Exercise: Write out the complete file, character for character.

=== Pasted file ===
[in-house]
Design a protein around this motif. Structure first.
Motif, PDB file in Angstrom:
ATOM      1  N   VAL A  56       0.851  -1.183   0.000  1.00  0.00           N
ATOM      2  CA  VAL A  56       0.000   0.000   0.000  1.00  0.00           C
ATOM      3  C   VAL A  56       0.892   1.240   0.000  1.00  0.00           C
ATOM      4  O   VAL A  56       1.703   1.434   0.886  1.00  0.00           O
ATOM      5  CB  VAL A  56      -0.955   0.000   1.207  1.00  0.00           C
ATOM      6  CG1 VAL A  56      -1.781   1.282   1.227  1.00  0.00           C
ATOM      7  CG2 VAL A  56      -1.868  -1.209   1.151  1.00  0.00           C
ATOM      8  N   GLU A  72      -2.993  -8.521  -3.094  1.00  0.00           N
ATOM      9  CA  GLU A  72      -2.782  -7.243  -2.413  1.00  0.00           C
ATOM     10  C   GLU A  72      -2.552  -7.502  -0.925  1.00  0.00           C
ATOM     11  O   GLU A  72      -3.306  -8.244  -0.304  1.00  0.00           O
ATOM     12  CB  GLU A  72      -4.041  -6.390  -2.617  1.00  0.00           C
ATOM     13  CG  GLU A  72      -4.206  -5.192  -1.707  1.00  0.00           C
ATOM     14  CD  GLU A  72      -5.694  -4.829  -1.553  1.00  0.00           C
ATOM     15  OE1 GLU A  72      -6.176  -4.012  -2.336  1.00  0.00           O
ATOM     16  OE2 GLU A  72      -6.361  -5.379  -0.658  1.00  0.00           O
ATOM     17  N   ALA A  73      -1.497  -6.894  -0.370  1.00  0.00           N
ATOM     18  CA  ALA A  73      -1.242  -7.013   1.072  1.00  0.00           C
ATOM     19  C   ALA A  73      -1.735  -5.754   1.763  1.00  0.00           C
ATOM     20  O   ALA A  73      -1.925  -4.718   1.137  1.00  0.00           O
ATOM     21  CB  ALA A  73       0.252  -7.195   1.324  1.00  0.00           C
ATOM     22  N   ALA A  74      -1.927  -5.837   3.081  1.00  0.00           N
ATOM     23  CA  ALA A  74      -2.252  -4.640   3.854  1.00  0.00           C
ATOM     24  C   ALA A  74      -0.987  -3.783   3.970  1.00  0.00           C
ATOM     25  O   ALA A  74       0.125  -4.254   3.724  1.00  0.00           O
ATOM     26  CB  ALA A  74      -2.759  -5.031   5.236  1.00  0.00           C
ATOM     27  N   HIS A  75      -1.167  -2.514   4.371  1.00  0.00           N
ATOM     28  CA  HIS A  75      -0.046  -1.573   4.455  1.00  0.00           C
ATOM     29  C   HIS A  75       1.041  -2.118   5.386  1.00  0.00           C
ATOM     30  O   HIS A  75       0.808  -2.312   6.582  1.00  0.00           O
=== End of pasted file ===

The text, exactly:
[in-house]
Design a protein around this motif. Structure first.
Motif, PDB file in Angstrom:
ATOM      1  N   VAL A  56       0.851  -1.183   0.000  1.00  0.00           N
ATOM      2  CA  VAL A  56       0.000   0.000   0.000  1.00  0.00           C
ATOM      3  C   VAL A  56       0.892   1.240   0.000  1.00  0.00           C
ATOM      4  O   VAL A  56       1.703   1.434   0.886  1.00  0.00           O
ATOM      5  CB  VAL A  56      -0.955   0.000   1.207  1.00  0.00           C
ATOM      6  CG1 VAL A  56      -1.781   1.282   1.227  1.00  0.00           C
ATOM      7  CG2 VAL A  56      -1.868  -1.209   1.151  1.00  0.00           C
ATOM      8  N   GLU A  72      -2.993  -8.521  -3.094  1.00  0.00           N
ATOM      9  CA  GLU A  72      -2.782  -7.243  -2.413  1.00  0.00           C
ATOM     10  C   GLU A  72      -2.552  -7.502  -0.925  1.00  0.00           C
ATOM     11  O   GLU A  72      -3.306  -8.244  -0.304  1.00  0.00           O
ATOM     12  CB  GLU A  72      -4.041  -6.390  -2.617  1.00  0.00           C
ATOM     13  CG  GLU A  72      -4.206  -5.192  -1.707  1.00  0.00           C
ATOM     14  CD  GLU A  72      -5.694  -4.829  -1.553  1.00  0.00           C
ATOM     15  OE1 GLU A  72      -6.176  -4.012  -2.336  1.00  0.00           O
ATOM     16  OE2 GLU A  72      -6.361  -5.379  -0.658  1.00  0.00           O
ATOM     17  N   ALA A  73      -1.497  -6.894  -0.370  1.00  0.00           N
ATOM     18  CA  ALA A  73      -1.242  -7.013   1.072  1.00  0.00           C
ATOM     19  C   ALA A  73      -1.735  -5.754   1.763  1.00  0.00           C
ATOM     20  O   ALA A  73      -1.925  -4.718   1.137  1.00  0.00           O
ATOM     21  CB  ALA A  73       0.252  -7.195   1.324  1.00  0.00           C
ATOM     22  N   ALA A  74      -1.927  -5.837   3.081  1.00  0.00           N
ATOM     23  CA  ALA A  74      -2.252  -4.640   3.854  1.00  0.00           C
ATOM     24  C   ALA A  74      -0.987  -3.783   3.970  1.00  0.00           C
ATOM     25  O   ALA A  74       0.125  -4.254   3.724  1.00  0.00           O
ATOM     26  CB  ALA A  74      -2.759  -5.031   5.236  1.00  0.00           C
ATOM     27  N   HIS A  75      -1.167  -2.514   4.371  1.00  0.00           N
ATOM     28  CA  HIS A  75      -0.046  -1.573   4.455  1.00  0.00           C
ATOM     29  C   HIS A  75       1.041  -2.118   5.386  1.00  0.00           C
ATOM     30  O   HIS A  75       0.808  -2.312   6.582  1.00  0.00           O